Thanksgiving Wine: One Less Thing To Stress About

I've been skimming this year's batch of 'Wines For Thanksgiving' articles and, while many are well intentioned, insightful, and thoroughly researched, it seems to be a soup of recurring debate more than an annual release of new ideas and recommendations.  Do a quick search on the subject and you will find staunch advocates for featuring every varietal - red, white, rose, or bubbly - at your Thanksgiving table.

With no shortage of conflicting advice out there, it can get really confusing.  So, to help simplify wine at Thanksgiving, I offer some humble thoughts on how to approach picking the wine this year.

#1.  It doesn't matter.  Honestly.  It really doesn't.  For so many reasons, what wine you serve at Thanksgiving dinner is immaterial.  From a culinary standpoint, turkey is about as blank a canvas as you can get; it's fairly bland and doesn't really yearn for any one thing.  Yeah, yeah, yeah, you can argue about the juxtaposing flavors of cranberries and gravy, pecan pie and creamed onions, and all that crap, but the bottom line is that there's enough neutrality and oddball one-off dishes that no one wine is going to work perfectly - of fail terribly.  So, go with what you likeRiesling?  Cool.  Zin?  Awesome.  Pinot?  You go!

#2.  You can't please everyone.  Wait a second, yes you can.  If you are somehow miraculously blessed with an extended family and group of friends who all share the same preferences and appreciation for wine, congratulations.  You are one in a million.  The rest of us can go one of two ways.  First, you can attempt to accommodate everyone's preferences by providing a smattering of different bottles.  This is a fool's errand I've run many timesThe best you can do is guess and the inevitable sampling that comes with having many different bottles to choose from is also very confusing to the palate.  The uniqueness of each bottle will get lost in the sea of options.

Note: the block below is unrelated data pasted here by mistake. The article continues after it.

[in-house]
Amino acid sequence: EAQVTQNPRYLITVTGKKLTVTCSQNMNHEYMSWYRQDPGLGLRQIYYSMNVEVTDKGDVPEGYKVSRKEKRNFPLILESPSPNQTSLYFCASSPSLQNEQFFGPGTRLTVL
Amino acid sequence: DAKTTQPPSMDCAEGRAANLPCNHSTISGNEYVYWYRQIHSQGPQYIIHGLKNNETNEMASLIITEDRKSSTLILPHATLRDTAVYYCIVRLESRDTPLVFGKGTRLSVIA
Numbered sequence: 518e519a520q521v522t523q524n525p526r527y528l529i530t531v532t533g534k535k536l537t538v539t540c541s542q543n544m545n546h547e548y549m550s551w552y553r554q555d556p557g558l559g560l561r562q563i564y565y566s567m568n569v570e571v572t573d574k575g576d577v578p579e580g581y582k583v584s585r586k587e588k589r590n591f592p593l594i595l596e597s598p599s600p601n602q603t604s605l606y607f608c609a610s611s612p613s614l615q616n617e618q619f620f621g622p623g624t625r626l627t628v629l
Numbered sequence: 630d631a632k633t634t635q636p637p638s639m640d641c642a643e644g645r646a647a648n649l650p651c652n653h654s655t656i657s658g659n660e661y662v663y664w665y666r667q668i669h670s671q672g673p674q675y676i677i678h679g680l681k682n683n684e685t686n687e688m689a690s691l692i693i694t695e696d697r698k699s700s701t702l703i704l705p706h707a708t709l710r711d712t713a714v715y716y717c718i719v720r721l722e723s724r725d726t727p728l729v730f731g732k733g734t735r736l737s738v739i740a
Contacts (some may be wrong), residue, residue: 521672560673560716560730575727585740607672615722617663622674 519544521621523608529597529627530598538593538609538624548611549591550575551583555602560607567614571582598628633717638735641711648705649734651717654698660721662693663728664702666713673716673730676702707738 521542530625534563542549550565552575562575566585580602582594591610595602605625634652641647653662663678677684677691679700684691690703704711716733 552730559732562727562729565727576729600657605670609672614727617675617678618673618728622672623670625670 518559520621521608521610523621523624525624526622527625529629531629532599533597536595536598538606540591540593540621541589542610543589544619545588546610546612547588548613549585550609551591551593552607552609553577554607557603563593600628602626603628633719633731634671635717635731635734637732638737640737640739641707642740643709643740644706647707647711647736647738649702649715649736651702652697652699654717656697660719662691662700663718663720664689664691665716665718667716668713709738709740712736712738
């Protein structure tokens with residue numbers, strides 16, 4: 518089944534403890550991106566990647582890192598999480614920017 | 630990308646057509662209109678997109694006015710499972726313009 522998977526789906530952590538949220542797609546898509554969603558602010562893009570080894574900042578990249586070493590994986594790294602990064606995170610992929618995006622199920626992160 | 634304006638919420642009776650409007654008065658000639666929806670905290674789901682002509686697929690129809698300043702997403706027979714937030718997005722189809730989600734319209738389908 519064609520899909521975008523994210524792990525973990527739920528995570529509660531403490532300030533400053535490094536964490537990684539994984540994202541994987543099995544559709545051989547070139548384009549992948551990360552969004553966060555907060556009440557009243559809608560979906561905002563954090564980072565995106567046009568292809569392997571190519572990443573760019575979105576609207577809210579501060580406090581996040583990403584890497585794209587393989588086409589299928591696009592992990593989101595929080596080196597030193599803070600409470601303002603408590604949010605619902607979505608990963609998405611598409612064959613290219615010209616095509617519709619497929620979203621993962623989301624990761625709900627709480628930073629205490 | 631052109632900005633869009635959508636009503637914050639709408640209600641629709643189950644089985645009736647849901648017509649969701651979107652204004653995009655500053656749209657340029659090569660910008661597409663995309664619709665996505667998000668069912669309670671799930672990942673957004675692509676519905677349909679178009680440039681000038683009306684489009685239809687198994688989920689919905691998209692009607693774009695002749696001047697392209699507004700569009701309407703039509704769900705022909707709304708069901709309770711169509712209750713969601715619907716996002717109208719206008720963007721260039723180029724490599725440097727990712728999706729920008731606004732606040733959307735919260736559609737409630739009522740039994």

Second, and much safer, is to pick one wine - just one - and get plenty of it.  Make it a good wine - not necessarily an expensive one, but a pleasing wine.  That will please everyone.  Even if it doesn't, your family's too polite to complain about the homogeneity of your wine selection, right?  If not, screw 'em, come over to my house for Thanksgiving.  (Don't forget the wine.)

#3.  Don't over think it.  Finally, this is the best piece of advice I have to offer  - and here's where we start to get sentimental:   Thanksgiving isn't about the wine.  It's not about the turkey or mashed potatoes or Aunt Francie's parsnip casserole, either.  It's about the people.  So, rather than agonizing over the bottles on the table this year, let's let wine be what it has historically been; a beverage, a social lubricant, and an accompaniment to a meal.  Let it play that role and nothing more, lest we allow ourselves to be distracted from one another.

Instead, take a moment to look around - and, if I can say this without sounding preachy -take stock. This holiday is about family, friends, and togetherness. It's about taking deep breaths, setting our differences aside, and, sometimes, eating a side of humble pie with your turkey. More than anything else, Thanksgiving is about gratitude. And we all have a lot to be grateful for. 

Whatever you drink this Thanksgiving, I hope it is with a smile on your face and warmth in your soul.  Now, who's going to remind me of that when I'm stuck in the cellar, fixated with what one wine to serve?